It is always a blessing to receive the four-article journal, TRUTH, from Roger D. Campbell. I love his discussion of the Great Commission, which he certainly has taken seriously in his life. He has learned two additional languages: Chinese and Russian in order to communicate the saving message to the lost. He has served in Taiwan, Ukraine, and Malaysia. Please read the following excellent articles:
Find these in PDF format H-E-R-E.
Word pictures used by the prophets of the Old Testament are certainly interesting and instructive. What a blessing it is to read their words and see the pictures those words form in the mind!
In 2 Kings 21.10-13 we learn that some unnamed prophets were called upon to deliver a message to one of the most wicked of all of the kings of Judah, King Manasseh. For fifty-five years this ungodly man did his damage from his lofty throne, but there came a time for judgment eventually. The longsuffering of the Lord came to an end with him. The prophets were especially generous with the word pictures for Manasseh, using four of them together. Perhaps they felt a particular challenge in penetrating his seriously polluted mind.
The “tingling ears” would seem to emphasize that this judgment that is about to come upon Judah would be so severe it was unlike anything anyone ever heard of before (cf., 1 Samuel 3.11; Jeremiah 19.3). The “line of Samaria” must have reference to the old plumbline concept of measuring the straightness of a wall, or figuratively of the wickedness of a nation, as was true of the Northern Kingdom headquartered in Samaria. The “plummet of the House of Ahab,” also measured that most wicked of kings of the northern ten tribes.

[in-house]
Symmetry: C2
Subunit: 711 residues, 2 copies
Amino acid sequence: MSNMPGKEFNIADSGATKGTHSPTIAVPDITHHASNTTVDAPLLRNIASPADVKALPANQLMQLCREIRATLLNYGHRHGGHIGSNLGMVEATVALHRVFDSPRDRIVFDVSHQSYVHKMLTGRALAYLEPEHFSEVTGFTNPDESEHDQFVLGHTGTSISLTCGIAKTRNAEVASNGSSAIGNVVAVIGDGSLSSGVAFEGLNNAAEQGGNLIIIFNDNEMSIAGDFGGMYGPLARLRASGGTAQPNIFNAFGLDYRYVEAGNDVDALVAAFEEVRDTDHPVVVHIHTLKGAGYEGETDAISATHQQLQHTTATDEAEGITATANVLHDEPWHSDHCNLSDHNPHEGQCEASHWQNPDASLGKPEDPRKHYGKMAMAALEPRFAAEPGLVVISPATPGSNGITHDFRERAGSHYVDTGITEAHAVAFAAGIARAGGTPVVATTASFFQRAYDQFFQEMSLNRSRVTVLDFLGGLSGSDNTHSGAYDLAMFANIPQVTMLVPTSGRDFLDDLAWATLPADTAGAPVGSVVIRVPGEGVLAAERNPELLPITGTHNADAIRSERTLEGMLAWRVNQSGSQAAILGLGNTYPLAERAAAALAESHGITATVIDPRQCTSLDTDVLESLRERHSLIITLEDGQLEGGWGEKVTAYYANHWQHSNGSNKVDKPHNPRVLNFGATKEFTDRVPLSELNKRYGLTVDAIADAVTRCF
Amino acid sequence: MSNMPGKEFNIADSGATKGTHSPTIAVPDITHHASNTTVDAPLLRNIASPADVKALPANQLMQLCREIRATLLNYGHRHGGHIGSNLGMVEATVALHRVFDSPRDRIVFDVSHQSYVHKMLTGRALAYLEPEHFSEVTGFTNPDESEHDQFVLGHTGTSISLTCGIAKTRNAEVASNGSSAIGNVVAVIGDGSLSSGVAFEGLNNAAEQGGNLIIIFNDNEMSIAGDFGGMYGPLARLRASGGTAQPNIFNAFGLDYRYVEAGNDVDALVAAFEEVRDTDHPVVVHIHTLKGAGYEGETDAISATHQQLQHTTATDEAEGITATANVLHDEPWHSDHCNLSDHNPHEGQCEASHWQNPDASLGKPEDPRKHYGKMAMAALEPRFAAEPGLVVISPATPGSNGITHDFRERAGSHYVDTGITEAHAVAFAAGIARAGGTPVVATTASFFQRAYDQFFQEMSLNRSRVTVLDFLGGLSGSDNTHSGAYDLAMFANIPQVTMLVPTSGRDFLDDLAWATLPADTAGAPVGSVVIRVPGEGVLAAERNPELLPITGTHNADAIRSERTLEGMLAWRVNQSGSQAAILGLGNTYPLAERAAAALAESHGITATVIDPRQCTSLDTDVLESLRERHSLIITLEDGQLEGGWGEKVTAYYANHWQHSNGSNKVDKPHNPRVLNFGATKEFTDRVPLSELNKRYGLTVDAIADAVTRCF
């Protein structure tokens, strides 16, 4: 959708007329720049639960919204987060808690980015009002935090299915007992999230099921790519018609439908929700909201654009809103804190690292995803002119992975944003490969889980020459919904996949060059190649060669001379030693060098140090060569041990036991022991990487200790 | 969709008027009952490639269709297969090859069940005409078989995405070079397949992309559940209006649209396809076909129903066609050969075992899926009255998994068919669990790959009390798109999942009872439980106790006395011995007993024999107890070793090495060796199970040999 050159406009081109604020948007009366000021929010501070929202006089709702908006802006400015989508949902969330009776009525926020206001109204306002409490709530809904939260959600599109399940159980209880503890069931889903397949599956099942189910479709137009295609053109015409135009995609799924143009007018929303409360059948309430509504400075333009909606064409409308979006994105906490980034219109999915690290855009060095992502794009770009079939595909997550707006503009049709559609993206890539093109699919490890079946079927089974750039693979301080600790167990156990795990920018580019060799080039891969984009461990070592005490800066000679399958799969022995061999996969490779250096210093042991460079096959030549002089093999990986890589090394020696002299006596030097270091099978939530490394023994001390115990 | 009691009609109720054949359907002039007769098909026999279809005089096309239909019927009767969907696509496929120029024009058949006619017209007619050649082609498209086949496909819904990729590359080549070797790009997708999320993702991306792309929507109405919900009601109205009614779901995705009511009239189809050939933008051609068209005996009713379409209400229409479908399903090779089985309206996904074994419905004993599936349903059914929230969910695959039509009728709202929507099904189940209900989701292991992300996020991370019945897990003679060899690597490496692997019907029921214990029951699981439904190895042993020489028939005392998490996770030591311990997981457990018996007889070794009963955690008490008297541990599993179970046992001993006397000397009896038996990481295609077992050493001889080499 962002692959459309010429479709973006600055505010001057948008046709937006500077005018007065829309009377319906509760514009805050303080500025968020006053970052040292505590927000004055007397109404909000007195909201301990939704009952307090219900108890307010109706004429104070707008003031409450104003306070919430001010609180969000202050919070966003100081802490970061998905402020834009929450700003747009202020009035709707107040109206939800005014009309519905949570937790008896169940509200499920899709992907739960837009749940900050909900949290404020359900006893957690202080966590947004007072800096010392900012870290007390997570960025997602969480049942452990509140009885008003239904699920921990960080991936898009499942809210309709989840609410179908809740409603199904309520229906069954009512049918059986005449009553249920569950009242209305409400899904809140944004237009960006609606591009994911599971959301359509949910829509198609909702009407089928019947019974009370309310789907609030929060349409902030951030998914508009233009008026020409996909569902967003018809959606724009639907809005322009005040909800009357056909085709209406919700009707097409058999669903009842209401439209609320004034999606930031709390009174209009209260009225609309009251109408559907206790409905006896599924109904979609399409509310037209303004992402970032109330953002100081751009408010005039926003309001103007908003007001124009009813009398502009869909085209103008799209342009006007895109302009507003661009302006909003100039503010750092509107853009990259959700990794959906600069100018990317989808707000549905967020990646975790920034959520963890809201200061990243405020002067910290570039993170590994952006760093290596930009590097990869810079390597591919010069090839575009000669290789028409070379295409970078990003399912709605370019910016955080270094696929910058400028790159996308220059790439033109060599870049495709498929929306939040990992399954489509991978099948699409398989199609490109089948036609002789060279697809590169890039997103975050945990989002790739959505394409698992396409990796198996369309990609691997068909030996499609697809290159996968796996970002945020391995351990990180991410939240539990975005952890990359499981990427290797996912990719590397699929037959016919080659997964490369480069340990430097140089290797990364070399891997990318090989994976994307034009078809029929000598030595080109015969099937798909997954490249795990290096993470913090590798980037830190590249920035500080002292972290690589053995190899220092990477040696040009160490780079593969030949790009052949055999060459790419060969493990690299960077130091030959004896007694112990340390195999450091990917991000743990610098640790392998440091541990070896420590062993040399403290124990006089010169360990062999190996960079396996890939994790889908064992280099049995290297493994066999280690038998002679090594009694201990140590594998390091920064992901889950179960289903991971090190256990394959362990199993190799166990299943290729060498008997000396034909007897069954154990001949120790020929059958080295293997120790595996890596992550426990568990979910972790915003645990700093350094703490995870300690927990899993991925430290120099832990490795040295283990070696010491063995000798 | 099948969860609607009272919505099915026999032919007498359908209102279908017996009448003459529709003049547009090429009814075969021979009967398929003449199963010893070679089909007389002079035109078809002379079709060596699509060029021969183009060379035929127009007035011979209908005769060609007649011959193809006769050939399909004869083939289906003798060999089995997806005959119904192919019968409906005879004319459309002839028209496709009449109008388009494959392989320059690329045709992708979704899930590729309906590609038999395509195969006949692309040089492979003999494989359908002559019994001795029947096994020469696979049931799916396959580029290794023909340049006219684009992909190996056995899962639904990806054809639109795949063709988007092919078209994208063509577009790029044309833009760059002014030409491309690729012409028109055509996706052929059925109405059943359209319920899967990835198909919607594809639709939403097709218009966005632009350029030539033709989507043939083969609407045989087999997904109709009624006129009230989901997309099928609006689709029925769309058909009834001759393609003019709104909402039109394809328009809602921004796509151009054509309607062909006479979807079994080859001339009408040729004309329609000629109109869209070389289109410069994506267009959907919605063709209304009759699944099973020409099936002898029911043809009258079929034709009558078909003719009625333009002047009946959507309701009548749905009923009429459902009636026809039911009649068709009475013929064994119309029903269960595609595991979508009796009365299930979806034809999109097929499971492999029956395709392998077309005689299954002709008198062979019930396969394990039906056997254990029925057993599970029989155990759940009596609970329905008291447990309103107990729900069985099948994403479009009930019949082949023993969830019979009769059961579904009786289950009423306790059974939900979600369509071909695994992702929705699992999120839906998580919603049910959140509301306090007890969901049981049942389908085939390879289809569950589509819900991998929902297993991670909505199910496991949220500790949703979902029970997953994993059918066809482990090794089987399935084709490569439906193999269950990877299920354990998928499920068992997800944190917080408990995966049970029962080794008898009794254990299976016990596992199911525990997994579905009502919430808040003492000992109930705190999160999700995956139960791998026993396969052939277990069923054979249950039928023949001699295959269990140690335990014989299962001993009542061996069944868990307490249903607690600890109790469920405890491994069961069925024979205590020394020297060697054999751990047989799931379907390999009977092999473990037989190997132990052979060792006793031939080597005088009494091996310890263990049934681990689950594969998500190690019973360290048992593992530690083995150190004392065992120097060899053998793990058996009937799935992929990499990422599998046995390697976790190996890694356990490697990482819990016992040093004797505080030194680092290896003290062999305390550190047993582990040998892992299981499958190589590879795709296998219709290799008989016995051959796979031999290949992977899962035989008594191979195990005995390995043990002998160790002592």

There are a couple of possibilities for the figure of wiping the dish and turning it upside down. In the English translation of the Vulgate for this verse (2 Kings 21.13), the text has it: “I will blot out Jerusalem as tablets are wont to be blotted out.” The stylus used by ancient scribes to write on the board of wax had two ends: (1) one sharp point for writing; (2) one blunt one for smoothing away the words in the wax (erasing or blotting out).
Adam Clarke points out that the idea of emptying the dish, wiping it out, and turning it upside down expresses the same idea. There would be such a judgment upon Jerusalem and her people that there would simply be nothing left. This figure perhaps also signifies the period of the restoration which followed the seventy years of Babylonian Captivity. Russell Dilday writes, in The Preacher’s Commentary: “This could indicate that, once cleansed by His judgment, Jerusalem would be ready for His use again. Or the symbol may mean that God was turning the dish upside down to show that not a drop remained in it, indicating that Jerusalem would be completely depopulated.”
One of the most prominent sermon topics used by the apostles and prophets of the first century was Judgment Day. Paul reasoned with Governor Felix along those lines (Acts 24.25). In 21st Century America, there is a great need to consider Judgment Day. Paul warns the church at Thessalonica—2 Thessalonians 1.7-9… And to you who are troubled rest with us, when the Lord Jesus shall be revealed from heaven with his mighty angels, In flaming fire taking vengeance on them that know not God, and that obey not the gospel of our Lord Jesus Christ: Who shall be punished with everlasting destruction from the presence of the Lord, and from the glory of his power. The basis of the judgment will be the word of Christ (John 12.48). Let us be sure that we hear the warning Paul gives and make the adequate preparation (cf., John 8.24; Luke 13.3; Matthew 10.32; Acts 2.38).